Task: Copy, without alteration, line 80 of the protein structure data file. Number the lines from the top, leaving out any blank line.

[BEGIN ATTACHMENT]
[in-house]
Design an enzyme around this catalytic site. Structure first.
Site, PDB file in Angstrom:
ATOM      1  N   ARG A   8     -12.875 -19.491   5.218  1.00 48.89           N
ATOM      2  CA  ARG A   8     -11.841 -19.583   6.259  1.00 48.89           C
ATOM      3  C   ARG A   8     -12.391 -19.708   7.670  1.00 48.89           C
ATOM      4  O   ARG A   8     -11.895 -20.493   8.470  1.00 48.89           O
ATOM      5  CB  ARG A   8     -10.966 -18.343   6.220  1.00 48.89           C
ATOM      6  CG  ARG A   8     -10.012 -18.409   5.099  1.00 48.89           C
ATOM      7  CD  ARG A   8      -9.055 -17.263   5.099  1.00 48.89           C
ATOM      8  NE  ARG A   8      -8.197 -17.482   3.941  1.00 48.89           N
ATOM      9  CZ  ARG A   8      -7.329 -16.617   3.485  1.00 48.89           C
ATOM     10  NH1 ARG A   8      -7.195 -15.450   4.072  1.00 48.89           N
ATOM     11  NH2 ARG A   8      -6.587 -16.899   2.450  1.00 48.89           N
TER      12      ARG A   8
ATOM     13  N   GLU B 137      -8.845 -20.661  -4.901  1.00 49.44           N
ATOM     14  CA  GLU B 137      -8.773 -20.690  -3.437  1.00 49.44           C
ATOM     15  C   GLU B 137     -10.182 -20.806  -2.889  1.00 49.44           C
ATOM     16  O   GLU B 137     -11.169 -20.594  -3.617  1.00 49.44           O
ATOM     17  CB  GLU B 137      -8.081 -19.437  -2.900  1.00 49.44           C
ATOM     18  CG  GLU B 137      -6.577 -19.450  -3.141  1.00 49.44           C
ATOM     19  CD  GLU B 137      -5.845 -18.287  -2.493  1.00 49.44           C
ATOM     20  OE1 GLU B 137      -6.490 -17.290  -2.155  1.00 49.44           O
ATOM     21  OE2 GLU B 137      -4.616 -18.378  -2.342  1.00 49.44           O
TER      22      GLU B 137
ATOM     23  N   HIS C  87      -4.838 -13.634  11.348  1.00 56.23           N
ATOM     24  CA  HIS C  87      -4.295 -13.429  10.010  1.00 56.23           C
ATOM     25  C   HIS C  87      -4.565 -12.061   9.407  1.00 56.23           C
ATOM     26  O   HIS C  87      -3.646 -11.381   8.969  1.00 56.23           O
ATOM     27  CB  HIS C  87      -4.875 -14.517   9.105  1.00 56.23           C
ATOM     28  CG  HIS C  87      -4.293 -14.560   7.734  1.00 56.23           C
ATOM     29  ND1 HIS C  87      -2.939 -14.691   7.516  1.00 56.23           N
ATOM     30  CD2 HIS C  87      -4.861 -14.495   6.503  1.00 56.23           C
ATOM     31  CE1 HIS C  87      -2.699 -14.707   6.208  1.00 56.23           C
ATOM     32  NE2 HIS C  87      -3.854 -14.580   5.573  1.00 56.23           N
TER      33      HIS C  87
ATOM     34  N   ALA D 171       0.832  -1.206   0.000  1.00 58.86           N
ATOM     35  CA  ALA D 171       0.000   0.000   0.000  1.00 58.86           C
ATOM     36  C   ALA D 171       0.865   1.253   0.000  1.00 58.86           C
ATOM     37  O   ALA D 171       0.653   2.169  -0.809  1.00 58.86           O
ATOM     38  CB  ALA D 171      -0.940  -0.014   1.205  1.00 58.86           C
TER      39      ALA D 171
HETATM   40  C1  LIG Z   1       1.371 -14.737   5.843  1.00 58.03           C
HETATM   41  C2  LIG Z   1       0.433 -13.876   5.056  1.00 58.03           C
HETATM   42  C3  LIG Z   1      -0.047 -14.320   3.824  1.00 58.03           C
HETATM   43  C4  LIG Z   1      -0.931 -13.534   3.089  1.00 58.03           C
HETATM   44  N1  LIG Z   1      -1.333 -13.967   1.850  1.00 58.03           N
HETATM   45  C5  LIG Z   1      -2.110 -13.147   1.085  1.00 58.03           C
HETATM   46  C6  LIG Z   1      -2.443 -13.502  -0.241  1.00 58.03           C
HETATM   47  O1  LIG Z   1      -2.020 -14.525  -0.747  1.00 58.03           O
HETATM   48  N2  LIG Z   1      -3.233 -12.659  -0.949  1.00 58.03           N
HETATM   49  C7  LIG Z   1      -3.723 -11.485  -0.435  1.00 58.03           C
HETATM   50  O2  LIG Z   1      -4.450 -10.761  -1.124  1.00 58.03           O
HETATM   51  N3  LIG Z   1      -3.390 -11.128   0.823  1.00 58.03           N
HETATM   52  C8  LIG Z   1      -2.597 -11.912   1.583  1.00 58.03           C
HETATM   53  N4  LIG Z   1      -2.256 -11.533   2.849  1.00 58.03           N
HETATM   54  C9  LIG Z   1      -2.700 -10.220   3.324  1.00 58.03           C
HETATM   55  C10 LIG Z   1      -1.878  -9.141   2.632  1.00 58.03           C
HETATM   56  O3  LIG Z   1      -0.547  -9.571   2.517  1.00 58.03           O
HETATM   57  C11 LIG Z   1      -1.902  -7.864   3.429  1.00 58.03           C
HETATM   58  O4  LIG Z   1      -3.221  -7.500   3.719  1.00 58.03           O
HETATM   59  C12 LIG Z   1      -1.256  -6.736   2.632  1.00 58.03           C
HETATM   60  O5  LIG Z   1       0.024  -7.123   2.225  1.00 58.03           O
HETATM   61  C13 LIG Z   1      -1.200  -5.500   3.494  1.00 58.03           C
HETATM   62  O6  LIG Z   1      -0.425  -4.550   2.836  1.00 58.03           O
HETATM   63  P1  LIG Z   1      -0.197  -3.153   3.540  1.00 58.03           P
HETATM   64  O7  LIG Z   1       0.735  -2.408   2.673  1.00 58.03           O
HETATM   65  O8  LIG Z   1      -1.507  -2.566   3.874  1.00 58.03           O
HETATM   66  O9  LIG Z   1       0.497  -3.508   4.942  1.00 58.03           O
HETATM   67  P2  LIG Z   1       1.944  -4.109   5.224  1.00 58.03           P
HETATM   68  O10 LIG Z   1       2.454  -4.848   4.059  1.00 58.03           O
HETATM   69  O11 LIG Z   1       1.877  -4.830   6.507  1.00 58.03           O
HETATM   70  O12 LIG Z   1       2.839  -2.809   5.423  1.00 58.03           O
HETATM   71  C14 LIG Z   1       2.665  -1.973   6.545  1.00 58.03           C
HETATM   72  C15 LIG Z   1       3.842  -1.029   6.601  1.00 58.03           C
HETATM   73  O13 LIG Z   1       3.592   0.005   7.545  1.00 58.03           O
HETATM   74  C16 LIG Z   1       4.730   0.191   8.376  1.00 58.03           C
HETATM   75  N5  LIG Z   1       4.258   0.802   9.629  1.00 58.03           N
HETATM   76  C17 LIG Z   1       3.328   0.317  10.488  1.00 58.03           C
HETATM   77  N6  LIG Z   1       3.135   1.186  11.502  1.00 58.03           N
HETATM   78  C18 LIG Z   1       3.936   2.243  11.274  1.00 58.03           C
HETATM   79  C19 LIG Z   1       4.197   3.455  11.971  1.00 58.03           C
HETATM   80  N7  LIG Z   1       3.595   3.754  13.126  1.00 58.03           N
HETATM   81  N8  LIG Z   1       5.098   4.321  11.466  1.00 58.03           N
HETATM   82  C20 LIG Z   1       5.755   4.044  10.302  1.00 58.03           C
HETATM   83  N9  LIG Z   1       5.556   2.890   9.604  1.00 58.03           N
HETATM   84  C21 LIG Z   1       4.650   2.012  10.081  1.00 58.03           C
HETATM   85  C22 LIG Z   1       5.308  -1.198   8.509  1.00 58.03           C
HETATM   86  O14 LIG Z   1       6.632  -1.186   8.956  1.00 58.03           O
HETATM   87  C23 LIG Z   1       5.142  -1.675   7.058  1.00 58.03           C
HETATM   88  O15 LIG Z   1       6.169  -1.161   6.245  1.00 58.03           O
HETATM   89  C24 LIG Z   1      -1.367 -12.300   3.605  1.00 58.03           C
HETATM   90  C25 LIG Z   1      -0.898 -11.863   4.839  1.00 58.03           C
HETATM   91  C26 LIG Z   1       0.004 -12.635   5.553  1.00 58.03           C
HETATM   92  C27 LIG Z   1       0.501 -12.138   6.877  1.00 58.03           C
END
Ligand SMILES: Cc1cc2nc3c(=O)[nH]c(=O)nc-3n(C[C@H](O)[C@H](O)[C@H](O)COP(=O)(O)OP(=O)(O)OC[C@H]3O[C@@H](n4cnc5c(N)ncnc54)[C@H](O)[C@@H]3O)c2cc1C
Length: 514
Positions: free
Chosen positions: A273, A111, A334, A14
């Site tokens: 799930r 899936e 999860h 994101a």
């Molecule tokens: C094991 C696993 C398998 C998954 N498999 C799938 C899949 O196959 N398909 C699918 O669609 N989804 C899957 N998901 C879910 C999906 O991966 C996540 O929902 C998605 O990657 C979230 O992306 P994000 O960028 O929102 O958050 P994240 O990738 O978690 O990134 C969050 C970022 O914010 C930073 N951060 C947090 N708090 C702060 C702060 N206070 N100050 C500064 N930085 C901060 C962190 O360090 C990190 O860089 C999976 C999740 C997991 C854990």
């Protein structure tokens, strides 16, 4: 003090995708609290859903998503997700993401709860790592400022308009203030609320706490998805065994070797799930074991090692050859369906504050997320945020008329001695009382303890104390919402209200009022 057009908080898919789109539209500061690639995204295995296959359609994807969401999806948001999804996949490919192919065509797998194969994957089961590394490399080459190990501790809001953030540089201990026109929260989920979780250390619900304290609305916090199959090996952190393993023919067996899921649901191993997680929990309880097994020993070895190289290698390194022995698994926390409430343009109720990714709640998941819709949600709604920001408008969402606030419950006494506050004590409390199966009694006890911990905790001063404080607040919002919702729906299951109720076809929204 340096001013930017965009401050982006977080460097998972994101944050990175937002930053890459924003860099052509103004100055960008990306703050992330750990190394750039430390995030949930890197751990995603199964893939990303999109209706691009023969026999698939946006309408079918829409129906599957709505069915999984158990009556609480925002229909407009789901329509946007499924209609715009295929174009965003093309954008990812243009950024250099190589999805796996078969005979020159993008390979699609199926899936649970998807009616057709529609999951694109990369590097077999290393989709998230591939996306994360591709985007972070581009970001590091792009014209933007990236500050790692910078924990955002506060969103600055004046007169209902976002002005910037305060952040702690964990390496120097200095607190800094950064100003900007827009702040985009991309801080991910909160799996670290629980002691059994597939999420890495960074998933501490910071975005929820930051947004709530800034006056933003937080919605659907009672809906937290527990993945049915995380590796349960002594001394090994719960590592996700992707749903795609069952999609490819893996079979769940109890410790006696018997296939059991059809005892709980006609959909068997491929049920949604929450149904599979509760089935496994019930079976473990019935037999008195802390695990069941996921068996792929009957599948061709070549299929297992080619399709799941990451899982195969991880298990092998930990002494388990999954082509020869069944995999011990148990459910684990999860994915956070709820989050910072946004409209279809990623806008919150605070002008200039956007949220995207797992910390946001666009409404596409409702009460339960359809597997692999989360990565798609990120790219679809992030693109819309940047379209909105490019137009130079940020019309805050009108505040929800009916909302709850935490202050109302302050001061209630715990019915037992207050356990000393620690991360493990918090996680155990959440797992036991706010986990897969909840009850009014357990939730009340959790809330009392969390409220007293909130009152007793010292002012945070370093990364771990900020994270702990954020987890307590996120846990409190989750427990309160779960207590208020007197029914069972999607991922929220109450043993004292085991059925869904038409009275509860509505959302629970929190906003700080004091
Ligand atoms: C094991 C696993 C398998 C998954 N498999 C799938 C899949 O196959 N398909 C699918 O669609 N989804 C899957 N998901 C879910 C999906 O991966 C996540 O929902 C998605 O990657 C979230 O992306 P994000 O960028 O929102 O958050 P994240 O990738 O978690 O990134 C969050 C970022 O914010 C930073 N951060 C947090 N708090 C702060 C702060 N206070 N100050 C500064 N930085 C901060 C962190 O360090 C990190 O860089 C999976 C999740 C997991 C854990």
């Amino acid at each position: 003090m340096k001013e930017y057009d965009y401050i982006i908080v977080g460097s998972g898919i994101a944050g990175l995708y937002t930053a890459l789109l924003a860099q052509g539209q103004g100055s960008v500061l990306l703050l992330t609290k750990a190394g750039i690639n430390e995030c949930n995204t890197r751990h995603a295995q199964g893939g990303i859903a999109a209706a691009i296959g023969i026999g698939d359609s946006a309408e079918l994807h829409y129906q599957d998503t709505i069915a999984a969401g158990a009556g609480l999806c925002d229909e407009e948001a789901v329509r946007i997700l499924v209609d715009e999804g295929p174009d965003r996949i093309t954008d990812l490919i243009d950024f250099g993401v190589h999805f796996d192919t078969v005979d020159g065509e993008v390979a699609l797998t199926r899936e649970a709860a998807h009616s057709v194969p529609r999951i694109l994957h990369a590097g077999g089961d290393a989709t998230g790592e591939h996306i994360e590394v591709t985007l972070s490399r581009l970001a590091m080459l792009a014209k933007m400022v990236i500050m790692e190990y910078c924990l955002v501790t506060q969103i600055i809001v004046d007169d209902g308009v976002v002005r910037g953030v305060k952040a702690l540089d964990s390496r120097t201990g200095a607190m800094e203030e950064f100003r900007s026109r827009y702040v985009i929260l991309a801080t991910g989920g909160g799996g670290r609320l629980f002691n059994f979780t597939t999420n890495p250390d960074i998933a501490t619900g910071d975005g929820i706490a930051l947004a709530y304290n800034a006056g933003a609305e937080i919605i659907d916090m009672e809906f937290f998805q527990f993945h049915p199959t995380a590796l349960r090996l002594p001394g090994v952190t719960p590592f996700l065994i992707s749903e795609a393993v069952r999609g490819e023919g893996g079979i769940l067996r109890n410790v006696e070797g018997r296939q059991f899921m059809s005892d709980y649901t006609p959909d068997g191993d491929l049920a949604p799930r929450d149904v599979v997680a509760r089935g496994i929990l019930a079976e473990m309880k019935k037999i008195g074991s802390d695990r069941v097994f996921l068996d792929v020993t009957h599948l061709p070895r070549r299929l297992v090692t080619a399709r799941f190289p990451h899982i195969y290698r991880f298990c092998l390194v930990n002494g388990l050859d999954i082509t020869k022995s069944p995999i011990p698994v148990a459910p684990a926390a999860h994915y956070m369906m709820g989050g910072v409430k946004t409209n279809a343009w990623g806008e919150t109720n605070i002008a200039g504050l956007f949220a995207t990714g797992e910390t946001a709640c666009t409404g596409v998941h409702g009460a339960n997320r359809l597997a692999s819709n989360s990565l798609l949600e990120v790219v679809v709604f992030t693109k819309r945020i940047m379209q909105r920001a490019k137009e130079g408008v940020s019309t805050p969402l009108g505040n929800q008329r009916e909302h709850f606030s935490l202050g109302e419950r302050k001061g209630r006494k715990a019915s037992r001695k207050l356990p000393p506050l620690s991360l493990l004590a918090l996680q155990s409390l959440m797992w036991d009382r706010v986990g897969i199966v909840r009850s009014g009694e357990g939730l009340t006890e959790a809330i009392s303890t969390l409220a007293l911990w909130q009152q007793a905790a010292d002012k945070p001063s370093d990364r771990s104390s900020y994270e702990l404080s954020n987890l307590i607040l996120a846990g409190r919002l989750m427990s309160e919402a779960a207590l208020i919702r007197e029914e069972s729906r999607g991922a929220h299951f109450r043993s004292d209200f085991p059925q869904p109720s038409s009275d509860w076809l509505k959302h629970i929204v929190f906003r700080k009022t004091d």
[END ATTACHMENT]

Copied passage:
HETATM   77  N6  LIG Z   1       3.135   1.186  11.502  1.00 58.03           N